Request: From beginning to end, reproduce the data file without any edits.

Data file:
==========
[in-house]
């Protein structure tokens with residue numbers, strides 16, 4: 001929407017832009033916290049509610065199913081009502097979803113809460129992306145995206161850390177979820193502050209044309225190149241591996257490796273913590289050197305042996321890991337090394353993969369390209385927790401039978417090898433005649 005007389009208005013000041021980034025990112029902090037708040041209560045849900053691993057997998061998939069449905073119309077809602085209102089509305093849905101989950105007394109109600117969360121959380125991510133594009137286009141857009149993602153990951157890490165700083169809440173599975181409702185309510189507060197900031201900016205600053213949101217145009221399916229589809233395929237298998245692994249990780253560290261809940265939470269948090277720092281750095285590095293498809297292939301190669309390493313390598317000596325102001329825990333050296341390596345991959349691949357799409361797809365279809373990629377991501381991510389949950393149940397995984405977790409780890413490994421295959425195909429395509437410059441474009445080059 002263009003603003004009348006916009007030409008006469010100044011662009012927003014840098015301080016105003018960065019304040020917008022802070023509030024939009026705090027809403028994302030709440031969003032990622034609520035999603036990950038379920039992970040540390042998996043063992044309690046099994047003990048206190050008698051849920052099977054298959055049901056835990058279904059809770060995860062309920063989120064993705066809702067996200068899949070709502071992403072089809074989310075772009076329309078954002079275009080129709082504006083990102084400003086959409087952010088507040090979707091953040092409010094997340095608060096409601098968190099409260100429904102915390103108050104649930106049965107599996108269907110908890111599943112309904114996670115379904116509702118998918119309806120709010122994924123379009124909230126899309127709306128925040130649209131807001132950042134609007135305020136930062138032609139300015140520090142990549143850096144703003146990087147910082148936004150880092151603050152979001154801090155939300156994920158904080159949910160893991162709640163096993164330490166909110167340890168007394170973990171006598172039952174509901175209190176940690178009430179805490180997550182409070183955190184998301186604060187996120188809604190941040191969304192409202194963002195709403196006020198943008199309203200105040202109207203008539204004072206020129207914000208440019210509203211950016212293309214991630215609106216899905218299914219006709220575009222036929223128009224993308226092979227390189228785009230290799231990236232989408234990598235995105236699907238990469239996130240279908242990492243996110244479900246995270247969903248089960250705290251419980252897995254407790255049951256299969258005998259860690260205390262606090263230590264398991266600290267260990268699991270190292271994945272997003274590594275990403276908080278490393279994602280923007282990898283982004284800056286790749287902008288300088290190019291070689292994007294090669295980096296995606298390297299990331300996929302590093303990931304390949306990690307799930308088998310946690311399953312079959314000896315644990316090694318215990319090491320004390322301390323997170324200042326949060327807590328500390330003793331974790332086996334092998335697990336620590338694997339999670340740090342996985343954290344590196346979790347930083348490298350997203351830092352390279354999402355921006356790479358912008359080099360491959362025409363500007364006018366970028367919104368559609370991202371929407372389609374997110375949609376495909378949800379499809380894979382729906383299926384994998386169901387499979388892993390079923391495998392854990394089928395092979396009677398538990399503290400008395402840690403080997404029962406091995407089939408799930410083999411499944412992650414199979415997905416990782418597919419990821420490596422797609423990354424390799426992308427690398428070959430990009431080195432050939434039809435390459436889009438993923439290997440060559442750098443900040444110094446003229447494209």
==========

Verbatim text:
[in-house]
């Protein structure tokens with residue numbers, strides 16, 4: 001929407017832009033916290049509610065199913081009502097979803113809460129992306145995206161850390177979820193502050209044309225190149241591996257490796273913590289050197305042996321890991337090394353993969369390209385927790401039978417090898433005649 005007389009208005013000041021980034025990112029902090037708040041209560045849900053691993057997998061998939069449905073119309077809602085209102089509305093849905101989950105007394109109600117969360121959380125991510133594009137286009141857009149993602153990951157890490165700083169809440173599975181409702185309510189507060197900031201900016205600053213949101217145009221399916229589809233395929237298998245692994249990780253560290261809940265939470269948090277720092281750095285590095293498809297292939301190669309390493313390598317000596325102001329825990333050296341390596345991959349691949357799409361797809365279809373990629377991501381991510389949950393149940397995984405977790409780890413490994421295959425195909429395509437410059441474009445080059 002263009003603003004009348006916009007030409008006469010100044011662009012927003014840098015301080016105003018960065019304040020917008022802070023509030024939009026705090027809403028994302030709440031969003032990622034609520035999603036990950038379920039992970040540390042998996043063992044309690046099994047003990048206190050008698051849920052099977054298959055049901056835990058279904059809770060995860062309920063989120064993705066809702067996200068899949070709502071992403072089809074989310075772009076329309078954002079275009080129709082504006083990102084400003086959409087952010088507040090979707091953040092409010094997340095608060096409601098968190099409260100429904102915390103108050104649930106049965107599996108269907110908890111599943112309904114996670115379904116509702118998918119309806120709010122994924123379009124909230126899309127709306128925040130649209131807001132950042134609007135305020136930062138032609139300015140520090142990549143850096144703003146990087147910082148936004150880092151603050152979001154801090155939300156994920158904080159949910160893991162709640163096993164330490166909110167340890168007394170973990171006598172039952174509901175209190176940690178009430179805490180997550182409070183955190184998301186604060187996120188809604190941040191969304192409202194963002195709403196006020198943008199309203200105040202109207203008539204004072206020129207914000208440019210509203211950016212293309214991630215609106216899905218299914219006709220575009222036929223128009224993308226092979227390189228785009230290799231990236232989408234990598235995105236699907238990469239996130240279908242990492243996110244479900246995270247969903248089960250705290251419980252897995254407790255049951256299969258005998259860690260205390262606090263230590264398991266600290267260990268699991270190292271994945272997003274590594275990403276908080278490393279994602280923007282990898283982004284800056286790749287902008288300088290190019291070689292994007294090669295980096296995606298390297299990331300996929302590093303990931304390949306990690307799930308088998310946690311399953312079959314000896315644990316090694318215990319090491320004390322301390323997170324200042326949060327807590328500390330003793331974790332086996334092998335697990336620590338694997339999670340740090342996985343954290344590196346979790347930083348490298350997203351830092352390279354999402355921006356790479358912008359080099360491959362025409363500007364006018366970028367919104368559609370991202371929407372389609374997110375949609376495909378949800379499809380894979382729906383299926384994998386169901387499979388892993390079923391495998392854990394089928395092979396009677398538990399503290400008395402840690403080997404029962406091995407089939408799930410083999411499944412992650414199979415997905416990782418597919419990821420490596422797609423990354424390799426992308427690398428070959430990009431080195432050939434039809435390459436889009438993923439290997440060559442750098443900040444110094446003229447494209």